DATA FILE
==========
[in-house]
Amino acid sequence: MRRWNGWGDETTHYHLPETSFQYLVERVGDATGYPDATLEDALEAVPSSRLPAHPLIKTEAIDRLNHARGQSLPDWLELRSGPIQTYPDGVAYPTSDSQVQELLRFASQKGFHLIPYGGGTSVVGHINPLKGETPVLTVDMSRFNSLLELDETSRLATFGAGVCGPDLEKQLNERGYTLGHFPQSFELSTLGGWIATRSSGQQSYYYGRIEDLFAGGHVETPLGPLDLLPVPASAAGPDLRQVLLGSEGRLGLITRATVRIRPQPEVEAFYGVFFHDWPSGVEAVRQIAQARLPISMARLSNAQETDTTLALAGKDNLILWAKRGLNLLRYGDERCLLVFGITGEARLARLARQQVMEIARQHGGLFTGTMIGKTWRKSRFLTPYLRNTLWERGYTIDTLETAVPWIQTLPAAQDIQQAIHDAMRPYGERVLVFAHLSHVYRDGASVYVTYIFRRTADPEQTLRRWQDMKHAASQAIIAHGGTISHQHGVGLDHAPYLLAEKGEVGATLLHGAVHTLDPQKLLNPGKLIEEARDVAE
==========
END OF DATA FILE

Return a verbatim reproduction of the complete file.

[in-house]
Amino acid sequence: MRRWNGWGDETTHYHLPETSFQYLVERVGDATGYPDATLEDALEAVPSSRLPAHPLIKTEAIDRLNHARGQSLPDWLELRSGPIQTYPDGVAYPTSDSQVQELLRFASQKGFHLIPYGGGTSVVGHINPLKGETPVLTVDMSRFNSLLELDETSRLATFGAGVCGPDLEKQLNERGYTLGHFPQSFELSTLGGWIATRSSGQQSYYYGRIEDLFAGGHVETPLGPLDLLPVPASAAGPDLRQVLLGSEGRLGLITRATVRIRPQPEVEAFYGVFFHDWPSGVEAVRQIAQARLPISMARLSNAQETDTTLALAGKDNLILWAKRGLNLLRYGDERCLLVFGITGEARLARLARQQVMEIARQHGGLFTGTMIGKTWRKSRFLTPYLRNTLWERGYTIDTLETAVPWIQTLPAAQDIQQAIHDAMRPYGERVLVFAHLSHVYRDGASVYVTYIFRRTADPEQTLRRWQDMKHAASQAIIAHGGTISHQHGVGLDHAPYLLAEKGEVGATLLHGAVHTLDPQKLLNPGKLIEEARDVAE